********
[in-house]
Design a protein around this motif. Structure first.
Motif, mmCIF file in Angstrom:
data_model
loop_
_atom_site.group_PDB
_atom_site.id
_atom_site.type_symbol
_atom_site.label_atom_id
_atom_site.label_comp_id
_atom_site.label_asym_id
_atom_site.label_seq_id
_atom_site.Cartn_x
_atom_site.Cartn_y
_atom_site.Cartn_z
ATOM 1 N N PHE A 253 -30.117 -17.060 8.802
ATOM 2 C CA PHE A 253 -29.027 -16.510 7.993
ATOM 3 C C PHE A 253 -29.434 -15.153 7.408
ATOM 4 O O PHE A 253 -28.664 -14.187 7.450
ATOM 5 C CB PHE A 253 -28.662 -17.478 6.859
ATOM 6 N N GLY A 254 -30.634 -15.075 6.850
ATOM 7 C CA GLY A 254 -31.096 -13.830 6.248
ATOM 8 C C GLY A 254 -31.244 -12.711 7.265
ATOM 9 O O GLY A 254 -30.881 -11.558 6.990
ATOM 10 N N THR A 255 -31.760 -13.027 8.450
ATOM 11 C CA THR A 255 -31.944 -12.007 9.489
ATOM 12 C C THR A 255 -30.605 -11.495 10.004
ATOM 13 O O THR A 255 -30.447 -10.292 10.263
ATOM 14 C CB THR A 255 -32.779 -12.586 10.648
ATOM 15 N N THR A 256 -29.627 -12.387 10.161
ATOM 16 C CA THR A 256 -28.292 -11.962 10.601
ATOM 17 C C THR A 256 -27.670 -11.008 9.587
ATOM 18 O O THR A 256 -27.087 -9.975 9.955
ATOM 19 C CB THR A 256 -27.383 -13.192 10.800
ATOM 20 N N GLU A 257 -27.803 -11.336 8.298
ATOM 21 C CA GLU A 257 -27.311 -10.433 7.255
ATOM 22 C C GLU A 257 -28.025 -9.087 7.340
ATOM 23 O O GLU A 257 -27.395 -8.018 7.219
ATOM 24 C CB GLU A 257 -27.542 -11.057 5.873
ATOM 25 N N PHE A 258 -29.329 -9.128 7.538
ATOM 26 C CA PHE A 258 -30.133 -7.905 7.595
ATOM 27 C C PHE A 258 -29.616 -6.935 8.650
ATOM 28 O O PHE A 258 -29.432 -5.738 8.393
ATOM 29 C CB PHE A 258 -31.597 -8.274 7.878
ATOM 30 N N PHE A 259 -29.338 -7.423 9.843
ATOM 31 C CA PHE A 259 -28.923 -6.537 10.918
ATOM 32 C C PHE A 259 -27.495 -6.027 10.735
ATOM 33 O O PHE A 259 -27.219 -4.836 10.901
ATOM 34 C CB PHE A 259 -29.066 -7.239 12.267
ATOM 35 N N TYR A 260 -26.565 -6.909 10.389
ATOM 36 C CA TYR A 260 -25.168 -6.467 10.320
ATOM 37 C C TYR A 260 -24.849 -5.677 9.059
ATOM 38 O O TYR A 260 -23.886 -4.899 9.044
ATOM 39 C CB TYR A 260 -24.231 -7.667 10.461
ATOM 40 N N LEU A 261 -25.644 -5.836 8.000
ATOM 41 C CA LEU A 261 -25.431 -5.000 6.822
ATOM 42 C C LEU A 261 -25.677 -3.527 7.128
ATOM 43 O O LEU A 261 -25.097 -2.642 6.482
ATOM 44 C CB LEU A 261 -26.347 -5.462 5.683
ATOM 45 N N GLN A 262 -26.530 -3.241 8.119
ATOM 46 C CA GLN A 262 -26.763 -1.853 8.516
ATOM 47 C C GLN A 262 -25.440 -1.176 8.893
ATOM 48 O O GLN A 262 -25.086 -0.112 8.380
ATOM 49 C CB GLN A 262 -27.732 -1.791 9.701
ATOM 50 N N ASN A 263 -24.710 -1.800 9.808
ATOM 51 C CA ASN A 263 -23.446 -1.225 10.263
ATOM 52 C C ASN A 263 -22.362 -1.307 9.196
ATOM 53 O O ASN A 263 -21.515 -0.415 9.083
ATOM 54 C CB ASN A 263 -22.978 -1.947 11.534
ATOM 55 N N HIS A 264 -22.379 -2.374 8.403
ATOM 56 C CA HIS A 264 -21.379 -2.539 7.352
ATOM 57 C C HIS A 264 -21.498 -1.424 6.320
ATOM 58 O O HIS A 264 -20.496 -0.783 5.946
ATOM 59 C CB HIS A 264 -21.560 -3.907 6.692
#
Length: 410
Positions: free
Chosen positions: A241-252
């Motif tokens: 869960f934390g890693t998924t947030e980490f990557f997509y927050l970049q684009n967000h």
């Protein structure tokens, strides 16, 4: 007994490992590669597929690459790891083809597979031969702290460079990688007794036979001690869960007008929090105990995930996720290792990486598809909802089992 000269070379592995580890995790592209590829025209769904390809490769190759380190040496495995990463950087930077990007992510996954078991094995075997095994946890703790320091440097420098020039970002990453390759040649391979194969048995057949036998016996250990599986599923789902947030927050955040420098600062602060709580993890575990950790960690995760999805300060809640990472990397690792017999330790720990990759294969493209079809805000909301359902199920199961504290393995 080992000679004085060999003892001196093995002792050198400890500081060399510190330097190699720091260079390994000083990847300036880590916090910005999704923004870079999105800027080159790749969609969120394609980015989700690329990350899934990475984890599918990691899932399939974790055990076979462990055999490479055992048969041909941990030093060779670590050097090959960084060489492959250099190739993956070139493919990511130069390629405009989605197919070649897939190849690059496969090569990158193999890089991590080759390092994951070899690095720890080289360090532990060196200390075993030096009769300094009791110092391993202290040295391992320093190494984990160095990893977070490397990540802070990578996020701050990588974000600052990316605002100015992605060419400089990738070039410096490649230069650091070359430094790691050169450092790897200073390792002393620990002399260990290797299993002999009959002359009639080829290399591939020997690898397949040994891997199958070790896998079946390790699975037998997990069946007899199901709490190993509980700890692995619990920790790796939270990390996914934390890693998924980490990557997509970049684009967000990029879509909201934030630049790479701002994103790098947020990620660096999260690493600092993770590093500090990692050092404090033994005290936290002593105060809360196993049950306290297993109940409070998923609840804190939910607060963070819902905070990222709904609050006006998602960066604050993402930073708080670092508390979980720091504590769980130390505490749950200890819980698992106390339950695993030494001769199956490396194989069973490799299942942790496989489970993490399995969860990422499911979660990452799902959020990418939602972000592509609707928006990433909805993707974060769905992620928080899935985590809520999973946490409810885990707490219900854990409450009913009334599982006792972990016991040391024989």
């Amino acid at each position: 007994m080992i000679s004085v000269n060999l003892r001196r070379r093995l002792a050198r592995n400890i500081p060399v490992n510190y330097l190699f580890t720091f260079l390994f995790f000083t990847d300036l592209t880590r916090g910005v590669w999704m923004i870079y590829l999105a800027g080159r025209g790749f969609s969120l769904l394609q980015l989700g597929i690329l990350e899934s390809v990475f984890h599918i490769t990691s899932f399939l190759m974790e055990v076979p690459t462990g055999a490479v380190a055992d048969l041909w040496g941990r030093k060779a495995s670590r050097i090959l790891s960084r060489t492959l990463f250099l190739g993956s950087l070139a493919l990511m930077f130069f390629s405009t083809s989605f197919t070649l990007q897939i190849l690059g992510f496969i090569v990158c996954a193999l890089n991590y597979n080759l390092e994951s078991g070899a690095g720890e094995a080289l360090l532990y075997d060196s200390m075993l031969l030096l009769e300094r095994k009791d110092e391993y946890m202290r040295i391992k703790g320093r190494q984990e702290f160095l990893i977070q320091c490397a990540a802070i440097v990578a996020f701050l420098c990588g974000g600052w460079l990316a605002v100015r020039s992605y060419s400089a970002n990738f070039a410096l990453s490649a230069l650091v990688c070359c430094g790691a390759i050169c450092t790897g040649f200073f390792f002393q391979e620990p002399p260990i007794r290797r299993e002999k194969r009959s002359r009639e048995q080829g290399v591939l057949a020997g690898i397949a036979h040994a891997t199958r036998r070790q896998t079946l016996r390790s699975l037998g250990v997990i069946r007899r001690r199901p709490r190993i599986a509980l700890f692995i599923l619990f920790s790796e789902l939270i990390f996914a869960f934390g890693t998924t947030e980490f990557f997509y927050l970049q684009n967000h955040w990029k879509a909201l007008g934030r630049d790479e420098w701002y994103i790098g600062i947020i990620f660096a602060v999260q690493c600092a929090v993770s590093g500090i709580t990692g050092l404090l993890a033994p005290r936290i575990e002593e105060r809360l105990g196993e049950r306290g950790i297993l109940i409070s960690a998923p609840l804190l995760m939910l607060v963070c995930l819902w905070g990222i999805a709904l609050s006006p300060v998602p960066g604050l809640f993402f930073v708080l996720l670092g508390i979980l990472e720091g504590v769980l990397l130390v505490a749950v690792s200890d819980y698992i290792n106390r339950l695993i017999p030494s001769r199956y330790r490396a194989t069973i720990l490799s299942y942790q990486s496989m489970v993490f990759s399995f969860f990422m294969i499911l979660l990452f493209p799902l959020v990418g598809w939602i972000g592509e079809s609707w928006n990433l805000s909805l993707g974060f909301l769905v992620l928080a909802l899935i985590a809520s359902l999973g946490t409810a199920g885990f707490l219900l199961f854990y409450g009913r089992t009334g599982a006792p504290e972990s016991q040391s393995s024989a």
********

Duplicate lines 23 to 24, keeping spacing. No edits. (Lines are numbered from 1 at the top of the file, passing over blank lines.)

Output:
ATOM 8 C C GLY A 254 -31.244 -12.711 7.265
ATOM 9 O O GLY A 254 -30.881 -11.558 6.990